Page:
DFJ Gets Quick First Close

Draper Fisher Jurvetson has raised $434.5 million toward its $600 million target for its ninth fund, according to a regulatory filing.

The fundraising has been remarkably fast, the firm formed Draper Fisher Jurvetson Fund IX in January and has already filled more than 70% of its target. It suggests investors have great confidence in the firm’s ability to find great early stage investments.

The firm must have great confidence in itself as well. Its $600 million target is 50% larger than its current fund and the largest since its $640 million seventh fund, raised in 2000. Part of the optimism may be the product of recent success. The firm had nine of its portfolio companies acquired during 2006, according to Thomson Financial (publishers of PEHub.com).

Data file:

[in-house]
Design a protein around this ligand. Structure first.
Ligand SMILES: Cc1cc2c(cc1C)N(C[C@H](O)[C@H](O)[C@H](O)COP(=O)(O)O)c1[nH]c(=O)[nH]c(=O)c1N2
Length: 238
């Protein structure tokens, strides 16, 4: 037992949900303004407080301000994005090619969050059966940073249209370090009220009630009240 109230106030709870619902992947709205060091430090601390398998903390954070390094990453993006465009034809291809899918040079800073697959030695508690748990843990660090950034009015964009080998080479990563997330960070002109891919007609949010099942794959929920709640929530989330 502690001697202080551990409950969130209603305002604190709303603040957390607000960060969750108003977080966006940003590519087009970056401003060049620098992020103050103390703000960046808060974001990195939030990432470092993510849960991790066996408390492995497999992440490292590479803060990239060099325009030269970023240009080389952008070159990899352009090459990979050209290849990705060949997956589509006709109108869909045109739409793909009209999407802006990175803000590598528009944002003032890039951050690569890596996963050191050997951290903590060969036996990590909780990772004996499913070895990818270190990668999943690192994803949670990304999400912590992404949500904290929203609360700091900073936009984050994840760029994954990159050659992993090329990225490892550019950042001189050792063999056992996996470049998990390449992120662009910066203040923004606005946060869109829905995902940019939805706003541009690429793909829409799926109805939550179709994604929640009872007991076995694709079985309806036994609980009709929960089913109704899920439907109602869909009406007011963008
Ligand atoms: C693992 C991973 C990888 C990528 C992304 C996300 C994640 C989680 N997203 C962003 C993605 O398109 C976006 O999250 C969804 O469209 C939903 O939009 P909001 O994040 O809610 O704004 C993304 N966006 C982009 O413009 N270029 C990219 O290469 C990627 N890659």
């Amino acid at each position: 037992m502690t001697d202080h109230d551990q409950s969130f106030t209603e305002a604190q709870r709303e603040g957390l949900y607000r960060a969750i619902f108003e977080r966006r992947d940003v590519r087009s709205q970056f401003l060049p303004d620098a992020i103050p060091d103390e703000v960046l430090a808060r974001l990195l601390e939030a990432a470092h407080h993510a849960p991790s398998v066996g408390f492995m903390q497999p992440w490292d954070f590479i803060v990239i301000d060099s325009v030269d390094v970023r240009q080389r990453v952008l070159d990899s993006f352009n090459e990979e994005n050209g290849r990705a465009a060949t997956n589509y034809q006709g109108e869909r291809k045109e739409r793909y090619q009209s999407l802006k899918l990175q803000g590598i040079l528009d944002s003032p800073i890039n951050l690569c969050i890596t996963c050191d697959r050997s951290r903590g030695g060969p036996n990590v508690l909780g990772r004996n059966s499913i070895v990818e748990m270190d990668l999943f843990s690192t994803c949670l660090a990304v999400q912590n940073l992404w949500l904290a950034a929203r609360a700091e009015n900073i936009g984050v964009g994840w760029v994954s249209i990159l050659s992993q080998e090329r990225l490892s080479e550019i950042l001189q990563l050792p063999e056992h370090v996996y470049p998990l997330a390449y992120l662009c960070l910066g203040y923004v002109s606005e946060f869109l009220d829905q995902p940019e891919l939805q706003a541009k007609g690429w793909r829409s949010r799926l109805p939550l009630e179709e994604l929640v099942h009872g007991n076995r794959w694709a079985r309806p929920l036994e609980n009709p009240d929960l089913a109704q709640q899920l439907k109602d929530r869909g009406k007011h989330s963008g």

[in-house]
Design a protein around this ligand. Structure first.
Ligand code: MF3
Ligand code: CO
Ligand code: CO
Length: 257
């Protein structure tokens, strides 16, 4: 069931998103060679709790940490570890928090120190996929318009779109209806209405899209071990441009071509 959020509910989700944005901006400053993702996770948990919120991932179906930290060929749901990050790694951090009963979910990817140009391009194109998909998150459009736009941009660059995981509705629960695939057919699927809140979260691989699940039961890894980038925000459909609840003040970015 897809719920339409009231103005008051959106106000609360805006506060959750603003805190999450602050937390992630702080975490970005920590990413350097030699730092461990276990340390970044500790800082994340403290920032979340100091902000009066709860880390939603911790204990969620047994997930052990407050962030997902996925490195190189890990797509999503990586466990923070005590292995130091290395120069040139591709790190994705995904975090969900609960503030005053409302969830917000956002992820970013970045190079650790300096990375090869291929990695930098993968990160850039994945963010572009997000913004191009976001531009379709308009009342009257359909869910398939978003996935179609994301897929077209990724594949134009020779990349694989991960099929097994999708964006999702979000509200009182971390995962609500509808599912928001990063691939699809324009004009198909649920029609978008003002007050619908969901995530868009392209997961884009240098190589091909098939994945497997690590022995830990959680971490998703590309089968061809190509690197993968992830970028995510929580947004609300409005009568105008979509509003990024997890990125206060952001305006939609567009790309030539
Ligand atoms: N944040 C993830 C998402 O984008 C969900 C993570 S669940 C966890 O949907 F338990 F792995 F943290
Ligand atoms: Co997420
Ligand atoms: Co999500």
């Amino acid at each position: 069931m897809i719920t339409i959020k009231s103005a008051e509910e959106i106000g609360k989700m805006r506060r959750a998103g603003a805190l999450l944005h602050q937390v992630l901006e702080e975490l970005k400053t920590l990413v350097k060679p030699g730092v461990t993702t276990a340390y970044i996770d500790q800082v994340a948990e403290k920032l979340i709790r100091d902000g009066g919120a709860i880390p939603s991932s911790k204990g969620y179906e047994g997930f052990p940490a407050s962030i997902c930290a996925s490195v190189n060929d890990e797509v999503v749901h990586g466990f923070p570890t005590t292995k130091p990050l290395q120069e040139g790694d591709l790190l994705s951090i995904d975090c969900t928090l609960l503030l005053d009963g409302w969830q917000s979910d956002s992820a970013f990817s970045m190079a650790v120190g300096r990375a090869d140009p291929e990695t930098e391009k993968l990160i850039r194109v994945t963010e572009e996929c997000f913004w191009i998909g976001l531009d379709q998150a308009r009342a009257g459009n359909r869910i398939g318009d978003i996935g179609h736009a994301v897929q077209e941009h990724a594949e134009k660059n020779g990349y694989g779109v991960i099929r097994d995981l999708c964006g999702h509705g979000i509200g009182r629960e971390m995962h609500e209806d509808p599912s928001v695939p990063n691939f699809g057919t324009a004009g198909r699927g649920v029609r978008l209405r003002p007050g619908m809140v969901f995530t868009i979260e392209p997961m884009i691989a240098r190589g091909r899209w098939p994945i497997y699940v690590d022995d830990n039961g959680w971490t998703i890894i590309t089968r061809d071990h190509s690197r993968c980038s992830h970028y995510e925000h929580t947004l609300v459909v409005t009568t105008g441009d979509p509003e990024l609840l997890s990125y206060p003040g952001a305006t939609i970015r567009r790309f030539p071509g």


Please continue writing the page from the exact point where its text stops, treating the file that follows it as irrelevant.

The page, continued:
This year it has already put one of its companies on the IPO path. Energy regulation company EnerNOC filed for a $100 million IPO in February. DFJ backed the company in each of its three investment rounds, helping it raise $27.5 million. EnerNOC closed its $15 million Series C at the end of December with a $215 million valuation, according to Thomson Financial.

The success of DFJ’s core fund bears stark contrast to its anemic sister, the DFJ Growth affiliate. The purposed $250 million growth fund, after more than 15 months of solid fund-raising seems to have stalled after crossing the halfway point in December

The growth effort is led by DFJ co-founder John Fisher, onetime America Online CEO Barry Schuler and venture capitalist Mark Bailey.

The partners have invested in three known companies to date. The fund participated in a $51 million financing round for Visto, a mobile email technology startup based in Redwood City, Calif. Schuler joined the board. The fund backed commercial laser company Raydiance in a $15 million Series C financing alongside the DFJ core fund. It also backed UUSee, a Chinese operator of a video distribution website, as part of a $23.5 million round that included Highland Capital Partners, Steamboat Ventures and return backers Sequoia Capital and Susquehanna International Group.